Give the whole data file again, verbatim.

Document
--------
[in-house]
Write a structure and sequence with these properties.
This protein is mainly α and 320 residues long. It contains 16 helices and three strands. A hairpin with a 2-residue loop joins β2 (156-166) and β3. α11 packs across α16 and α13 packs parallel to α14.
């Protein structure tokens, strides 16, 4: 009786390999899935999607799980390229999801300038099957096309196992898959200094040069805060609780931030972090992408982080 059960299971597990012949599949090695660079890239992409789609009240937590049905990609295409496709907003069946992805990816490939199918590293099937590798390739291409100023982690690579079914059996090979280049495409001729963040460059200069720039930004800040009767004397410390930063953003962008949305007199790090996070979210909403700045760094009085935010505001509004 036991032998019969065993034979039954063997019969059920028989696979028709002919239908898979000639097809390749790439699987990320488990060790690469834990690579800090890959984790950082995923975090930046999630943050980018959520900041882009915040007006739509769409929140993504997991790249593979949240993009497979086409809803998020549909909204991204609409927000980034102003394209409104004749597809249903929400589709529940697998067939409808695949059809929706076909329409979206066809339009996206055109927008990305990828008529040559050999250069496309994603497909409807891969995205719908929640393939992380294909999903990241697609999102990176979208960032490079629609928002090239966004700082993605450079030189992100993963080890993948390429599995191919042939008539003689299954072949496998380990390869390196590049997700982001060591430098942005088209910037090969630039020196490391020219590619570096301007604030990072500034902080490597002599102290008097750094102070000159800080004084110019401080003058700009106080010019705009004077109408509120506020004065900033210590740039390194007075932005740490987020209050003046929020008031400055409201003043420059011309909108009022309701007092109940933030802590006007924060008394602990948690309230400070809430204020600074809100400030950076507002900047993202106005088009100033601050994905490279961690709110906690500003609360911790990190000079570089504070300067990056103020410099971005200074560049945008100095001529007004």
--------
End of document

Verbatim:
[in-house]
Write a structure and sequence with these properties.
This protein is mainly α and 320 residues long. It contains 16 helices and three strands. A hairpin with a 2-residue loop joins β2 (156-166) and β3. α11 packs across α16 and α13 packs parallel to α14.
């Protein structure tokens, strides 16, 4: 009786390999899935999607799980390229999801300038099957096309196992898959200094040069805060609780931030972090992408982080 059960299971597990012949599949090695660079890239992409789609009240937590049905990609295409496709907003069946992805990816490939199918590293099937590798390739291409100023982690690579079914059996090979280049495409001729963040460059200069720039930004800040009767004397410390930063953003962008949305007199790090996070979210909403700045760094009085935010505001509004 036991032998019969065993034979039954063997019969059920028989696979028709002919239908898979000639097809390749790439699987990320488990060790690469834990690579800090890959984790950082995923975090930046999630943050980018959520900041882009915040007006739509769409929140993504997991790249593979949240993009497979086409809803998020549909909204991204609409927000980034102003394209409104004749597809249903929400589709529940697998067939409808695949059809929706076909329409979206066809339009996206055109927008990305990828008529040559050999250069496309994603497909409807891969995205719908929640393939992380294909999903990241697609999102990176979208960032490079629609928002090239966004700082993605450079030189992100993963080890993948390429599995191919042939008539003689299954072949496998380990390869390196590049997700982001060591430098942005088209910037090969630039020196490391020219590619570096301007604030990072500034902080490597002599102290008097750094102070000159800080004084110019401080003058700009106080010019705009004077109408509120506020004065900033210590740039390194007075932005740490987020209050003046929020008031400055409201003043420059011309909108009022309701007092109940933030802590006007924060008394602990948690309230400070809430204020600074809100400030950076507002900047993202106005088009100033601050994905490279961690709110906690500003609360911790990190000079570089504070300067990056103020410099971005200074560049945008100095001529007004």